The tiny door of the crate she shared with her mother was her only window to the world. Part of a court-ordered confiscation, the young Border Collie entered the rescue system and came to live with Debbie Kaufman.
“With no life experience, it was easy to see why Grig found the world a scary place,” Kaufman says. “Watching my other dogs play was the only thing that interested her. I knew play could help her connect with me, so I got to work. Using a soft Frisbee, I began rewarding any movement or interest in the toy. Before long she was touching it to get a reward. Playing gave her the confidence to try new things. Now she is a toy nut and will even go up to strangers if they have a toy in their hand.”
Puppies learn and perfect important canine behavior through play activities. While having fun, they also learn, for example, body language related to pack dynamics and bite inhibition two life skills that will help them safely navigate relationships with other dogs.
As they grow, play also helps deepen and strengthen dogs’ relationships with humans. “Playing with Grig helped build a relationship that wasn’t there before,” Kaufman says. “Now she trusts me and looks to me for the fun things in life.”
In addition, play encourages good behavior. Play is both mentally and physically exhausting, and a tired dog is less likely to get into mischief. “Most dogs [today] are ‘unemployed,’ but playing games, especially ones like the jobs they were bred to do — chasing games for sighthounds, retrieving games for retrievers, directional games for herders — goes a long way to ease these dogs’ frustration and make them better companions,” says D. Caroline Coile, Ph.D., author of Beyond Fetch (Howell Book House, 2003). Play builds additional social confidence because it often involves sudden moves and handling, making dogs less skittish and better equipped to deal with the unexpected.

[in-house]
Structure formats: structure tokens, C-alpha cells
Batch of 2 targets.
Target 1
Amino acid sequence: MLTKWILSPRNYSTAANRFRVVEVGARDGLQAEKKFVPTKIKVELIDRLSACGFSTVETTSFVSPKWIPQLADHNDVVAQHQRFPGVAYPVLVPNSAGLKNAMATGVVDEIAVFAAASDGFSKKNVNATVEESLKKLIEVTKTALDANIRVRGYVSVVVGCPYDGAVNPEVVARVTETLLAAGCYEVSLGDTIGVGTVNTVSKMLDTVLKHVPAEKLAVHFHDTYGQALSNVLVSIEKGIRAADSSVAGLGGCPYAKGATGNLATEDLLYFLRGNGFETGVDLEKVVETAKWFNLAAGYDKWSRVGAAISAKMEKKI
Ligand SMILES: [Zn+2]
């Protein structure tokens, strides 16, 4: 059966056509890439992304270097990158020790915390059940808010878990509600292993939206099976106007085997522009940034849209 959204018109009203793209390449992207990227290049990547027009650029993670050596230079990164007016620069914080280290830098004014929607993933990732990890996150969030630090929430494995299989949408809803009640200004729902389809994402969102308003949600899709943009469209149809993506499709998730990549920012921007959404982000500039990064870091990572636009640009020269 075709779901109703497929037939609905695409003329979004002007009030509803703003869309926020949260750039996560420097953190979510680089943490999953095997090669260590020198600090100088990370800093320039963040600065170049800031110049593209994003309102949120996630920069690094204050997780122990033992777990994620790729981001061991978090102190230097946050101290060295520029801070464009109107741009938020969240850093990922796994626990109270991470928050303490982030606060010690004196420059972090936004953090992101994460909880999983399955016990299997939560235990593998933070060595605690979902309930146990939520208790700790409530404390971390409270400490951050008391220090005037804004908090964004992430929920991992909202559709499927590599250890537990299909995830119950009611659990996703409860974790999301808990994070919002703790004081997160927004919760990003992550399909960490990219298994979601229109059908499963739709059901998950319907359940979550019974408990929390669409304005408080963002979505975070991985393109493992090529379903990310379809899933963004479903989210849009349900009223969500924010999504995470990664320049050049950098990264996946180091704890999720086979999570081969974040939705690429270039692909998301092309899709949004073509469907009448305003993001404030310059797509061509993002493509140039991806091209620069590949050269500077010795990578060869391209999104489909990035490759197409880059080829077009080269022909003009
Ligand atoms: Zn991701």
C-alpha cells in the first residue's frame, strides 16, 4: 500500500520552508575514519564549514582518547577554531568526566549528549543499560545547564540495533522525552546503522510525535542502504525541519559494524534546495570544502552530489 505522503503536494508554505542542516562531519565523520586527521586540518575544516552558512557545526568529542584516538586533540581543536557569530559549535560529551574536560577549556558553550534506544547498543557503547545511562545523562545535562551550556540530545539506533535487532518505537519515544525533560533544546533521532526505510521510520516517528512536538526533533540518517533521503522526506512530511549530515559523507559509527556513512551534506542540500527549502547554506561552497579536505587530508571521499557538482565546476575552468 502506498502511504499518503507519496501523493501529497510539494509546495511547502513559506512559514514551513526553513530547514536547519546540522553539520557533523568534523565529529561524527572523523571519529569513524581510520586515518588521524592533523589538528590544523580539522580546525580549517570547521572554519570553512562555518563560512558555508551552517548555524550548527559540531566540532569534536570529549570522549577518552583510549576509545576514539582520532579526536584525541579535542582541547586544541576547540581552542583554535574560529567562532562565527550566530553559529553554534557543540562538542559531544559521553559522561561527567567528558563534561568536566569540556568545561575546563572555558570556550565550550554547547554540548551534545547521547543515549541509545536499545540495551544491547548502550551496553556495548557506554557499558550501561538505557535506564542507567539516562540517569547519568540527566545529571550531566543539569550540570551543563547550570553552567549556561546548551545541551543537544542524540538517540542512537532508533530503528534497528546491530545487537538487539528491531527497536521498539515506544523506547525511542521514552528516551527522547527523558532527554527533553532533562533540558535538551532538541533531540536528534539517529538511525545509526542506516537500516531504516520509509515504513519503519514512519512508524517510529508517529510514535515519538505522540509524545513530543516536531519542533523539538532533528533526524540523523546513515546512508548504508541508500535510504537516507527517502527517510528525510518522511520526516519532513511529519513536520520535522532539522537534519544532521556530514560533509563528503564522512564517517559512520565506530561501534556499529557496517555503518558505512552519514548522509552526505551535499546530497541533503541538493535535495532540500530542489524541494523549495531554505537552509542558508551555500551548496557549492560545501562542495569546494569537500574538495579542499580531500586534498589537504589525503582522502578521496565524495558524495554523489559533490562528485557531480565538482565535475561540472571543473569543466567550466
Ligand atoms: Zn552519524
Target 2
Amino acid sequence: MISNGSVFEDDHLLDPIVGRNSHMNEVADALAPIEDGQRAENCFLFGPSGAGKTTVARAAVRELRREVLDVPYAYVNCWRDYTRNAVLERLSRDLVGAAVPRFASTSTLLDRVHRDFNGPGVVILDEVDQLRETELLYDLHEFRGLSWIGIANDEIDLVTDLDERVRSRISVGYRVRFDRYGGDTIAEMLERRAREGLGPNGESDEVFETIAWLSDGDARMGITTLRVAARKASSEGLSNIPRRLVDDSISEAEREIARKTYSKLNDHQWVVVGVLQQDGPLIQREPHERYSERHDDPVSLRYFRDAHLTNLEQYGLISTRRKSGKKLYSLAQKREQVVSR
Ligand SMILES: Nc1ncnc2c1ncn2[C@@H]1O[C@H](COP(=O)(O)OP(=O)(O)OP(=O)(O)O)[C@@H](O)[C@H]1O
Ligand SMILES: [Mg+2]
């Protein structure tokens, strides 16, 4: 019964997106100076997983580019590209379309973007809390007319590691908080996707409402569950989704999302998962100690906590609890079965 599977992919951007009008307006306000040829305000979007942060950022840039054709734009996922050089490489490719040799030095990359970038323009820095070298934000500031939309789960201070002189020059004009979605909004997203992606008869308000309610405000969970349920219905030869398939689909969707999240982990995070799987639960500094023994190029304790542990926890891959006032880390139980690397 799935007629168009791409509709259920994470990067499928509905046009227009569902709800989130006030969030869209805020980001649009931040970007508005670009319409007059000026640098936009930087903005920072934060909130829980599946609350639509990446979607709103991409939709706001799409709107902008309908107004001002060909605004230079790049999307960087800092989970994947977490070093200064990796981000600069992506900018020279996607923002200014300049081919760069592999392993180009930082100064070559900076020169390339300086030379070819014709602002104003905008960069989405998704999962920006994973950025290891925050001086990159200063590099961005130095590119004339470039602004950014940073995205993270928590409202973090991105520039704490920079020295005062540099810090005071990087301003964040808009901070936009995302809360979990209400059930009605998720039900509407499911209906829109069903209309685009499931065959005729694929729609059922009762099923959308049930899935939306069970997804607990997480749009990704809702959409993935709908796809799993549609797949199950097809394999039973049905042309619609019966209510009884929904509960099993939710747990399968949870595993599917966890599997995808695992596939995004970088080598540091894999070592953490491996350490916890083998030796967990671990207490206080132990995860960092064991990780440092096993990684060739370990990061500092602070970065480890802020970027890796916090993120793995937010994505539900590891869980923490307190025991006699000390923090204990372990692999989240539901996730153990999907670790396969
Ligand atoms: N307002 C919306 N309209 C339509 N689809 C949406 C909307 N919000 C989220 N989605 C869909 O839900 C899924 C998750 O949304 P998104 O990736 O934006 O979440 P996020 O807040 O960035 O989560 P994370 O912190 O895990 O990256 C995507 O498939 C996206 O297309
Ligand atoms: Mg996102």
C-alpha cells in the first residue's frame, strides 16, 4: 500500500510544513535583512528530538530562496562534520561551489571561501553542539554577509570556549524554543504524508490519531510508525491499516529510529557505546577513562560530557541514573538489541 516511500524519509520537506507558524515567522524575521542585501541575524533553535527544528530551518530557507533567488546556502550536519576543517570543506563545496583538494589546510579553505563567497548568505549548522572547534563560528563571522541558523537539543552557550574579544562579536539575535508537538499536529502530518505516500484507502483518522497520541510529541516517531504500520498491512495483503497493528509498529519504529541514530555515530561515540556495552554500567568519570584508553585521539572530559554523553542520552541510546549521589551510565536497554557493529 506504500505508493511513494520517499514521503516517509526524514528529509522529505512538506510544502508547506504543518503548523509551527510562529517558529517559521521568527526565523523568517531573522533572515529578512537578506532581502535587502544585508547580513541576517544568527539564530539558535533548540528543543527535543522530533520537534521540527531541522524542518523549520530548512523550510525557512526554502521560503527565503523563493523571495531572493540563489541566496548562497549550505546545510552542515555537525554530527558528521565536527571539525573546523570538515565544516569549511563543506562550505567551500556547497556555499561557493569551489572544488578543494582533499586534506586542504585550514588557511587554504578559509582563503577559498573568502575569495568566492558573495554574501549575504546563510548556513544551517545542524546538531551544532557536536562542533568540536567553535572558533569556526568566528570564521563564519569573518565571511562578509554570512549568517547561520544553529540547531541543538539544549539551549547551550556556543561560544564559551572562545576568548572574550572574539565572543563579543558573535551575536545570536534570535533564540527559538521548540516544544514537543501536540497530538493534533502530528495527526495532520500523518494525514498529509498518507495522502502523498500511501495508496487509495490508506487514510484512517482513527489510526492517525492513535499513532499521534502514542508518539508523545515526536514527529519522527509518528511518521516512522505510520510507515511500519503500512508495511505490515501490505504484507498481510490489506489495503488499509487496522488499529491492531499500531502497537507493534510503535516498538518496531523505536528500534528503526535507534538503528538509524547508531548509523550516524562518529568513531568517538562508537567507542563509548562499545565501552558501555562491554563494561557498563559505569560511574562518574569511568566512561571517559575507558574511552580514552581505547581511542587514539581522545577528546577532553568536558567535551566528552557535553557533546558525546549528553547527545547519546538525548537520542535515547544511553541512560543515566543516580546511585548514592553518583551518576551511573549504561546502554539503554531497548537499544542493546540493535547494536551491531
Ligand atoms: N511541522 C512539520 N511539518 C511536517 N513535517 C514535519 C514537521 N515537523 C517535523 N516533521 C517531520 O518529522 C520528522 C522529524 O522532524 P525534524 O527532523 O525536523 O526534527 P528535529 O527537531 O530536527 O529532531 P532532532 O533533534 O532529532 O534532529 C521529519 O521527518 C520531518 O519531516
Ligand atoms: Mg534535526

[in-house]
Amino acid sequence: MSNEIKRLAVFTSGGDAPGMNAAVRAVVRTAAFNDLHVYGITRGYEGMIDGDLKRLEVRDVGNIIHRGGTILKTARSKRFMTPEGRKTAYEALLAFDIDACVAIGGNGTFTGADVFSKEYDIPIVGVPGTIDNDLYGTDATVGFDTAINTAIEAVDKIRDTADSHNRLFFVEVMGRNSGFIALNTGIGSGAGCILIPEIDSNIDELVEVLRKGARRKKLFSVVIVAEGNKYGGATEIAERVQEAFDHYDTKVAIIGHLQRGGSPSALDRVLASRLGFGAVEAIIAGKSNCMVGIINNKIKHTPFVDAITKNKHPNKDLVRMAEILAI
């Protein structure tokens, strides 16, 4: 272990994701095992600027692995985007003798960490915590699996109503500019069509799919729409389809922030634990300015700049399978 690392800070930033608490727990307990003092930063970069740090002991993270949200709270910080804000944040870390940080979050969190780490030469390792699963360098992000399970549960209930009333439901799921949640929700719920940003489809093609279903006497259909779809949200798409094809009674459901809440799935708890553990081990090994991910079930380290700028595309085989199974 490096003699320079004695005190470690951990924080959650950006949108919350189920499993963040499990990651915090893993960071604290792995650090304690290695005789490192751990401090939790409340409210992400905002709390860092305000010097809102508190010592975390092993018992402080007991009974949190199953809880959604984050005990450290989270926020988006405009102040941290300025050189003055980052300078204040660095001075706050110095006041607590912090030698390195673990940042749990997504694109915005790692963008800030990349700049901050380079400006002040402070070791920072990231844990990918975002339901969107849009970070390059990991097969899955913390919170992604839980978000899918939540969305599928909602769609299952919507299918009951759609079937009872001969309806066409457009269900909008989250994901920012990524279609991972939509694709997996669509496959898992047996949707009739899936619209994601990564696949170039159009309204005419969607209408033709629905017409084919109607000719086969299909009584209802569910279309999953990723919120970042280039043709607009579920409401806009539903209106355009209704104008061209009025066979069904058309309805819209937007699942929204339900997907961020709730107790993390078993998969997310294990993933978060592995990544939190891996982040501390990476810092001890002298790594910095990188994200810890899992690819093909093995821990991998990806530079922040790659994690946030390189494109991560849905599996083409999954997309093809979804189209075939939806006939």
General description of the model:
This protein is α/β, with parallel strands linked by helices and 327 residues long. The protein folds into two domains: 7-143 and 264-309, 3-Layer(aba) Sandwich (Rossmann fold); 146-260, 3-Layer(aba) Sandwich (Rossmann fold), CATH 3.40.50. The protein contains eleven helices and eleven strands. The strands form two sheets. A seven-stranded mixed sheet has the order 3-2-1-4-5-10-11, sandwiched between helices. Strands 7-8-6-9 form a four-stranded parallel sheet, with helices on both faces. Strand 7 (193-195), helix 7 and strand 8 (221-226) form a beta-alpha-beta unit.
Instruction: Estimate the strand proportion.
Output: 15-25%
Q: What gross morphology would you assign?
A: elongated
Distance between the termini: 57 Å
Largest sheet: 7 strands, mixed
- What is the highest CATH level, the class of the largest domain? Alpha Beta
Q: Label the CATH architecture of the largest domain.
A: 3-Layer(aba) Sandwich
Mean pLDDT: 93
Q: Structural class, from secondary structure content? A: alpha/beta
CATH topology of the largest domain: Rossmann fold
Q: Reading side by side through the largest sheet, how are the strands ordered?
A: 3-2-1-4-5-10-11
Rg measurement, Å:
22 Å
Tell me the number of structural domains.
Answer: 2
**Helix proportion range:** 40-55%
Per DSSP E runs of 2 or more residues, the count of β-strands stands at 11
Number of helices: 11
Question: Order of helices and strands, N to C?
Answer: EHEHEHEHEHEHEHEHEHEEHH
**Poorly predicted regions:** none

11 Ways To Play
Play can be anything you and your dog enjoy doing together. Convenient backyard play gives your dog plenty of opportunities to be with you. A brisk game of fetch, Frisbee, or soccer burns calories and improves coordination. Tug makes a good game for many dogs, but you need to be the one who starts and stops the game.
If you enjoy being active with others, try organized dog activities. High-energy dogs and owners love the fast-paced sports of agility or flyball. For dogs that love to smell and enjoy being the leader, tracking makes a perfect match. Rally obedience and freestyle dancing let you teach obedience with a playful attitude.
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